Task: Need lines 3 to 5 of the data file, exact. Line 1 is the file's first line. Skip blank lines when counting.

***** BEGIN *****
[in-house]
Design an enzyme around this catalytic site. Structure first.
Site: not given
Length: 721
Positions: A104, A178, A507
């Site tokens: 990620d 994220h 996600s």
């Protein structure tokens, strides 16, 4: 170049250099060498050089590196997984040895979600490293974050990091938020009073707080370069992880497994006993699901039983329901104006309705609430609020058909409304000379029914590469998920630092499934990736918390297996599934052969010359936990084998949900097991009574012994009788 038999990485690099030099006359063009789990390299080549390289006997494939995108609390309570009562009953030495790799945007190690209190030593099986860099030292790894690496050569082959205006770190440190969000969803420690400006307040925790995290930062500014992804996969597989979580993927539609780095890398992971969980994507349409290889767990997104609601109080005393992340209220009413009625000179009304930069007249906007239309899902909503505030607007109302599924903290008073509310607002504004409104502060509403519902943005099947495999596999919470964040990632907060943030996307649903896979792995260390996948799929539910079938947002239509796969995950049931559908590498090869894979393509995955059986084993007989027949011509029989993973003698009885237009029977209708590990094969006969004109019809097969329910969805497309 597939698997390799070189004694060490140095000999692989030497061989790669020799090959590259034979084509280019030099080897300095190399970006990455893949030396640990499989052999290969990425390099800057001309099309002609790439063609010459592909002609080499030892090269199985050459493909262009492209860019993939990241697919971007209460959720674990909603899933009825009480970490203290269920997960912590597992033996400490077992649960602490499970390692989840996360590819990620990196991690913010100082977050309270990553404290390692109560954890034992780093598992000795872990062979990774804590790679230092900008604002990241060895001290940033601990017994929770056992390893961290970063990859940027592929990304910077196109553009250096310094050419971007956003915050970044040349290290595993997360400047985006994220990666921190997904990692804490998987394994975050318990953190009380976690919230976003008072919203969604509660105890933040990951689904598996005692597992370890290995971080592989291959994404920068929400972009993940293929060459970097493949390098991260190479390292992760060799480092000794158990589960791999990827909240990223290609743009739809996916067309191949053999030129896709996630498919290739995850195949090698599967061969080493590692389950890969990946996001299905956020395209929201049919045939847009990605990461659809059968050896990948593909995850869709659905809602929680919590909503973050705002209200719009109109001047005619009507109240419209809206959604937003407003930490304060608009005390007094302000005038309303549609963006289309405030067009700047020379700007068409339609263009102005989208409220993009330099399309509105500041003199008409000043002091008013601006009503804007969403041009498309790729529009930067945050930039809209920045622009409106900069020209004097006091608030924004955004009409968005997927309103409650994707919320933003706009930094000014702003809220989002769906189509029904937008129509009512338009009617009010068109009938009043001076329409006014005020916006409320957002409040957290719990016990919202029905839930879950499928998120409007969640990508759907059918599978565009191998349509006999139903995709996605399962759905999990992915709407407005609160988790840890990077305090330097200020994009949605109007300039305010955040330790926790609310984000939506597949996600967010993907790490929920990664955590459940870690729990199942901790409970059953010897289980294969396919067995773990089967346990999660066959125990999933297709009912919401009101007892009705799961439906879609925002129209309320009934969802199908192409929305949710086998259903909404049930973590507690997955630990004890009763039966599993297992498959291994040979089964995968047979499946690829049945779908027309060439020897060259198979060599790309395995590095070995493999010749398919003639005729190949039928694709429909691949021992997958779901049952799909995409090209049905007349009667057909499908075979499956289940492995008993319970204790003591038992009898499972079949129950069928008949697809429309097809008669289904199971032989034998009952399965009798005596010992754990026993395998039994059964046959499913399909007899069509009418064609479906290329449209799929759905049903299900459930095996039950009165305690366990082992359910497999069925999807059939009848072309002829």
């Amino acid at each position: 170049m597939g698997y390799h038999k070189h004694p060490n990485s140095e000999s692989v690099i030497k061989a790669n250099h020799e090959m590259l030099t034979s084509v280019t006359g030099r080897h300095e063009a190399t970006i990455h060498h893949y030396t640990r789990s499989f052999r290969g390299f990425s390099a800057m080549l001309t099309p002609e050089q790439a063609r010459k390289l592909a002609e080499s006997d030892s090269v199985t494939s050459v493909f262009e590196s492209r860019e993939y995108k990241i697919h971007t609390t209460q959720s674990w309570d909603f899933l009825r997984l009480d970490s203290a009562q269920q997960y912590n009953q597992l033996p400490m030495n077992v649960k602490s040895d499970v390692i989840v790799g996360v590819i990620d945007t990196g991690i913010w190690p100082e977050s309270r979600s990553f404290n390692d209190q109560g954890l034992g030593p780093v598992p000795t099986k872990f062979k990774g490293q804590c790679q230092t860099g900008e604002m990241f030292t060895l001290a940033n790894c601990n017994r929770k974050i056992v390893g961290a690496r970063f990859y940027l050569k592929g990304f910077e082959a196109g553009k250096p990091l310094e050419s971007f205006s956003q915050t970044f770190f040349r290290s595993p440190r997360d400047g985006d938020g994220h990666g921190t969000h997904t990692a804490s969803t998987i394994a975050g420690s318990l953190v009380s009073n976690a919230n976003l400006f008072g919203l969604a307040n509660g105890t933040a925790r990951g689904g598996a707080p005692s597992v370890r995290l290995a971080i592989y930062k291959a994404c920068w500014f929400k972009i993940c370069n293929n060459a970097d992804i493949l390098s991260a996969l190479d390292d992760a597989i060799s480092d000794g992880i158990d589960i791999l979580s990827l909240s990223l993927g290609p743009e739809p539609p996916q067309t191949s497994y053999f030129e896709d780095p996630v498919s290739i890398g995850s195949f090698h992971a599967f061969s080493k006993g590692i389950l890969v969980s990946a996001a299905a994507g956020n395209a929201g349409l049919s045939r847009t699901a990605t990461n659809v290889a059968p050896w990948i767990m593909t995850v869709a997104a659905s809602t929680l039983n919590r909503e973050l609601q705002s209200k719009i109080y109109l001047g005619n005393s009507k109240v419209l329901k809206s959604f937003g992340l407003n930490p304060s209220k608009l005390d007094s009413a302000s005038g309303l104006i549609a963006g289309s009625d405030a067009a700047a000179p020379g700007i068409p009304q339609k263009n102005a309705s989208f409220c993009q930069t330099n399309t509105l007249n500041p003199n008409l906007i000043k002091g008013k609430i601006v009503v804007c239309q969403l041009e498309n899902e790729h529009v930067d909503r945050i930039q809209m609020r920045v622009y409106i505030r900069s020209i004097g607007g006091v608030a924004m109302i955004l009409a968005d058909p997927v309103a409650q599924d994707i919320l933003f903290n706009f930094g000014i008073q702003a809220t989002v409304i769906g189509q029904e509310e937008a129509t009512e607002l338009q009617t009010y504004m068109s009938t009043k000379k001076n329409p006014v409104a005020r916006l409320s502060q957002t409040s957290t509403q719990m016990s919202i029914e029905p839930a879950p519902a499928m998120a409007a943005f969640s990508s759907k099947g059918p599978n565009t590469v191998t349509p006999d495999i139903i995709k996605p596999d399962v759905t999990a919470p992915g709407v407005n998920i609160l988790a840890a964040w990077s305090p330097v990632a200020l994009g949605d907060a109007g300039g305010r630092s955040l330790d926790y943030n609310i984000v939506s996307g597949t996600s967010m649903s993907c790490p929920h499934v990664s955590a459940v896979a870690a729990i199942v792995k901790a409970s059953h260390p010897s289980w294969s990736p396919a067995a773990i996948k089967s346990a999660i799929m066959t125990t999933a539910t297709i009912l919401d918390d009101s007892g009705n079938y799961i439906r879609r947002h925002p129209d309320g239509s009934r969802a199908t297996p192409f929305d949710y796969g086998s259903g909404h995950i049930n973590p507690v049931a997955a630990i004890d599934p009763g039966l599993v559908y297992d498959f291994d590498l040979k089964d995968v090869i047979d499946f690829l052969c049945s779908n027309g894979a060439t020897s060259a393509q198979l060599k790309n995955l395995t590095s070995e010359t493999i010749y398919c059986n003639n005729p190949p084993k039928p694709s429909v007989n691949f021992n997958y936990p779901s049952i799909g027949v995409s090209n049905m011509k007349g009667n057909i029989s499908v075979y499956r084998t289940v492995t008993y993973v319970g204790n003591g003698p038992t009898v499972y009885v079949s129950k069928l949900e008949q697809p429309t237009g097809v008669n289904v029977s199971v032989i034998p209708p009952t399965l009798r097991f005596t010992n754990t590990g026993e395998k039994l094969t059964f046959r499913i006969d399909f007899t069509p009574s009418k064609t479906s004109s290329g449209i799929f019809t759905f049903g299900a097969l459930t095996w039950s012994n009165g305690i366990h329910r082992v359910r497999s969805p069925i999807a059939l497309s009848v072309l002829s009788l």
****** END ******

Site: not given
Length: 721
Positions: A104, A178, A507